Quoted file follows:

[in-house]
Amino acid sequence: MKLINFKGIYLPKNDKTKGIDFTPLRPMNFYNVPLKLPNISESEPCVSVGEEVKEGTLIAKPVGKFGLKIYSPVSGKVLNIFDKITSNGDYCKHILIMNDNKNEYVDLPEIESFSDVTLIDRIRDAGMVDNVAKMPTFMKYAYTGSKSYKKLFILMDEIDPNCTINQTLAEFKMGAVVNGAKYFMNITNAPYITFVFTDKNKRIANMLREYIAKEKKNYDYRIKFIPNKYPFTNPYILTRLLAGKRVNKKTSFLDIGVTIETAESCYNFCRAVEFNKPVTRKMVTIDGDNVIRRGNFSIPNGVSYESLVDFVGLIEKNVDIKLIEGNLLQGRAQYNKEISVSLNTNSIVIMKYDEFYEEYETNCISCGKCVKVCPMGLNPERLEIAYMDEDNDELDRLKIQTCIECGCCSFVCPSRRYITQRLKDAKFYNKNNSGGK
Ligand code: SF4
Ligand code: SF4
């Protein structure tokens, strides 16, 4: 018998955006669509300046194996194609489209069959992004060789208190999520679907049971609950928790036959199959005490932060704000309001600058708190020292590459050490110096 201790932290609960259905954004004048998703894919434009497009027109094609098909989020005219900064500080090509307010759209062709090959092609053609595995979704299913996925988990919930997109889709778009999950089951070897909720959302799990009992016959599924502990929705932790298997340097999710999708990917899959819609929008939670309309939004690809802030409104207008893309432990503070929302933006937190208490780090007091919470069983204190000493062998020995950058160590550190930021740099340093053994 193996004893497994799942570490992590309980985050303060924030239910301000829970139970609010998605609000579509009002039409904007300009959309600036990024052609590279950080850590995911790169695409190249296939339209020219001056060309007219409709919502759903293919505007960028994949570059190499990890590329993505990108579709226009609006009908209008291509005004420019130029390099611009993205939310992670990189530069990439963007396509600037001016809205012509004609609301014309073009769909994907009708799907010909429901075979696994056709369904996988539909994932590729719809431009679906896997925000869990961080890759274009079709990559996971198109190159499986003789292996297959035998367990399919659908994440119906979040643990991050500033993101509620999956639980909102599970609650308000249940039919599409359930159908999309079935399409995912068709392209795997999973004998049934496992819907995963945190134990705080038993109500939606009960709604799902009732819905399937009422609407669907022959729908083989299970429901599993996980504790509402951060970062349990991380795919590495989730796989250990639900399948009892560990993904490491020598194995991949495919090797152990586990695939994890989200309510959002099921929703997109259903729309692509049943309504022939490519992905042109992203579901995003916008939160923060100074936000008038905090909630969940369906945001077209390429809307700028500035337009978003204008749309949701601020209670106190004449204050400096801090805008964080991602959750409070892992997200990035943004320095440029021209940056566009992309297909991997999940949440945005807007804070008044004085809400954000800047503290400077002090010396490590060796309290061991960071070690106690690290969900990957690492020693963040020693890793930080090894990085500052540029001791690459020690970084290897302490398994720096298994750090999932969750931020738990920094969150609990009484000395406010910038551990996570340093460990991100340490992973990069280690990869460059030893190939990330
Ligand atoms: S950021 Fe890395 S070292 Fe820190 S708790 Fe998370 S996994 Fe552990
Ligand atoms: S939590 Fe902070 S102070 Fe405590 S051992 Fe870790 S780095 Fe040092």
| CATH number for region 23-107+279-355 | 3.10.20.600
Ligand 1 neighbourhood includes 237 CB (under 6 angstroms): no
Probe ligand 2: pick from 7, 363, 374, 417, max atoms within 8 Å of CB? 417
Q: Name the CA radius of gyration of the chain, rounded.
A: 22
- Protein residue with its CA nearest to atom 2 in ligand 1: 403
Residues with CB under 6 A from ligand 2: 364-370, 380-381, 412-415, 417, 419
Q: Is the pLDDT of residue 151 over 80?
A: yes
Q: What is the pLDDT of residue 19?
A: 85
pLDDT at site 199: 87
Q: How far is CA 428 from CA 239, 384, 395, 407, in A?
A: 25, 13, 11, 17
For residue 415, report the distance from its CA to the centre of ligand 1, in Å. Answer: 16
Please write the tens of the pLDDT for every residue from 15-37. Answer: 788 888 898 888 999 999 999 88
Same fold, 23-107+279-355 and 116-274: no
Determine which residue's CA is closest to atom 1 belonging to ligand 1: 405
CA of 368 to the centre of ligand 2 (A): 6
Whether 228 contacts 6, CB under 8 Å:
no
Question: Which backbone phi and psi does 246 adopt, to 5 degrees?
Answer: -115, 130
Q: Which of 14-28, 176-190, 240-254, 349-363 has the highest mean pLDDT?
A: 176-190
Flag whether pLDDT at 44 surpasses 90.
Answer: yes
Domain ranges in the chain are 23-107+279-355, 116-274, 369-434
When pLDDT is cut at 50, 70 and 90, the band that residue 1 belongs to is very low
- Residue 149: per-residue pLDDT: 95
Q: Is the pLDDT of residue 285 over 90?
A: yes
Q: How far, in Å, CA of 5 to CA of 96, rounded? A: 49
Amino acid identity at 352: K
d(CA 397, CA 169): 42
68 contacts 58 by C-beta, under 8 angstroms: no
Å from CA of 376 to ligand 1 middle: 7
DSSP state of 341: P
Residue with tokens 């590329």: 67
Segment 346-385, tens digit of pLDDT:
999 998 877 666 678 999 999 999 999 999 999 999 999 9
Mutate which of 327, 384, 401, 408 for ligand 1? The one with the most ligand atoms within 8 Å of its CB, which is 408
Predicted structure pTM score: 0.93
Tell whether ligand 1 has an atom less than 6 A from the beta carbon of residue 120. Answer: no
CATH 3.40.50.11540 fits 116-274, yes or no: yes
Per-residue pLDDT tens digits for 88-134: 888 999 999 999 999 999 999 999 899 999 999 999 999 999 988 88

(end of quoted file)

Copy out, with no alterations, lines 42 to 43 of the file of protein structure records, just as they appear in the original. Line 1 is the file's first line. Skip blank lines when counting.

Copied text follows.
d(CA 397, CA 169): 42
68 contacts 58 by C-beta, under 8 angstroms: no